Shay, all the Way Shay" Shay reached third base, the opposing shortstop ran to help him and turned him in the direction of third base, and shouted, "Run to third! Shay, run to third" As Shay rounded third, the boys from both teams and those watching were on their feet were screaming, "Shay, run home!" Shay ran to home, stepped on the plate, and was cheered as the hero who hit the "grand slam" and won the game for his team. That day," said the father softly with tears now rolling down his face, the boys from both teams helped bring a piece of true love and humanity into this world." Shay didn't make it to another summer and died that winter, having never forgotten being the hero and making his Father so happy and coming home and seeing his Mother tearfully embrace her little hero of the day!

NOW A LITTLE FOOTNOTE TO THIS STORY:
We all send thousands of jokes through the e-mail without a second thought, but when it comes to sending messages about life choices, people think twice about sharing. The crude, vulgar, and often obscene pass freely through cyberspace, but public discussion about decency is too often suppressed in our schools and workplaces. If you're thinking about forwarding this message, chances are that you're probably sorting out the people on your address list that aren't the "appropriate" ones to receive this type of message. Well, the person who sent you this believes that we all can make a difference. We all have thousands of opportunities every single day to help realize the "natural order of things."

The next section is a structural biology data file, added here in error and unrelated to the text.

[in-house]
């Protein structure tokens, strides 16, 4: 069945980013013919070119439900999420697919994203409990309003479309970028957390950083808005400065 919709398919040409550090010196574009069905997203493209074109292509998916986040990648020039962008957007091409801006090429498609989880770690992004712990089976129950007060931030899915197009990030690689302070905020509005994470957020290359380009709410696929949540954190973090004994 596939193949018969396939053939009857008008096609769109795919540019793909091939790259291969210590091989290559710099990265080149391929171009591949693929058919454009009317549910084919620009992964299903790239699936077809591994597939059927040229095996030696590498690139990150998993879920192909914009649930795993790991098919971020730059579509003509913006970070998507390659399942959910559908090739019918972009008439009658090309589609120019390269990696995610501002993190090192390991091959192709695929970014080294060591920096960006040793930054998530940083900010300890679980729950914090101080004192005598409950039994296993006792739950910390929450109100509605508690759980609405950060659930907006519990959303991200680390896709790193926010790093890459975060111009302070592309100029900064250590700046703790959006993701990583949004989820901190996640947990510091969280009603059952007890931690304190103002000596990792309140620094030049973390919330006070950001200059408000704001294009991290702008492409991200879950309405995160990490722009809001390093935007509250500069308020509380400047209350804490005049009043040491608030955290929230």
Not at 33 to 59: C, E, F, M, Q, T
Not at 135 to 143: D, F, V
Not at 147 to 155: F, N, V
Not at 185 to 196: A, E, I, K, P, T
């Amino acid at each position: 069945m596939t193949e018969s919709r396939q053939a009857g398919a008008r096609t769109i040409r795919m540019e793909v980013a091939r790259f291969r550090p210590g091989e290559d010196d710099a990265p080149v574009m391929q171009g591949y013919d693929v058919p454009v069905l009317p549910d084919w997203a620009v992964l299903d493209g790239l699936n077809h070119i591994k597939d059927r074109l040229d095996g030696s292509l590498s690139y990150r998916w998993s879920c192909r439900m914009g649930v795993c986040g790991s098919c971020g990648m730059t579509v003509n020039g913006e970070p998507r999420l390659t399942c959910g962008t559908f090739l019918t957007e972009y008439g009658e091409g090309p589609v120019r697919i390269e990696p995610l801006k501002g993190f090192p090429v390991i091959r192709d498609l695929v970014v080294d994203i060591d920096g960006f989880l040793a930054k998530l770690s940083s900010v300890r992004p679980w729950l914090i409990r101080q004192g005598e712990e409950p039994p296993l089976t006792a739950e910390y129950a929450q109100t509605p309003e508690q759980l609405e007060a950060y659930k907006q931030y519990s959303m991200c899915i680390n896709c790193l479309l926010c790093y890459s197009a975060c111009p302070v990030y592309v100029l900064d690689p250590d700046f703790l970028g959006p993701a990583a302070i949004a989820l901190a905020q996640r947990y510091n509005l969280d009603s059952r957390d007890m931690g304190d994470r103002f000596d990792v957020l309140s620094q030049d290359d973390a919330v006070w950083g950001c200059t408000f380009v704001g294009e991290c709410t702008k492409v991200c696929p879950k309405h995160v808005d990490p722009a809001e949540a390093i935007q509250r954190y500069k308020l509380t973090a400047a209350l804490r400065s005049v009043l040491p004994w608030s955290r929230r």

So many seemingly trivial interactions between two people present us with a choice: Do we pass along a little spark of love and humanity or do we pass up that opportunity to brighten the day of those with us the least able, and leave the world a little bit colder in the process?
A wise man once said every society is judged by how it treats its least fortunate amongst them.

Grainger
9th Mar 2006, 11:33
Very touching story, but a thinly disguised chain letter all the same.

Whirlygig
9th Mar 2006, 12:14
You old cynic you, Grainger ;) . Surely it must be better to receive this a chain letter than to get the Quantas Engineers' reports (again!) or the "if you don't forward this to 10 people, your lucky leprachaun won't grant your wish"-type!

Cheers

Whirls

feeling warm and charitable today!

Nickoli
9th Mar 2006, 12:28
It may be a chain type letter but it is supposed to make you think about the less fortunate in our society. I did not treat it as a chain letter considering the source (which was a close friend who has a son who is handicapped). It really made me think, and because of the way it made me feel that feeling could perhaps make somebody else think to. Which in my opinion is the point of the story in the first place.:} :} :}

Grainger
9th Mar 2006, 12:31
What can I say, Whirls ?

Been in a bit of a grump this week :* [Some of you may have noticed !!]

The story itself was uplifting, Nickoli, so thanks for posting it - but it would have been so even without the footnote.

[Aagghhhh please ! Not the engineers' reports again ! I surrender !]

PPRuNe Towers
9th Mar 2006, 12:43
It was indeed noticed Grainger but on the other hand don't pedal backward too far. Bones of the story may well be uplifting but the desperate sacchaarin laden style does induce acute nausea in many, utterly destroying the point along the way.

And yes, it is a form of chain letter affecting different people in through many shades of grey. Pitching the language at one extreme decimates [in the true sense of the word] it's chance to change. The post below shows what I mean.

Rob

The SSK
9th Mar 2006, 12:47
For the last eighteen months, I have been teaching a young mentally-handicapped lad to row, in a club environment. For the first six months or so, the going was painfully slow, but helped by the fact that he obviously loved it, and the feedback from his parents was that it was doing him a power of good.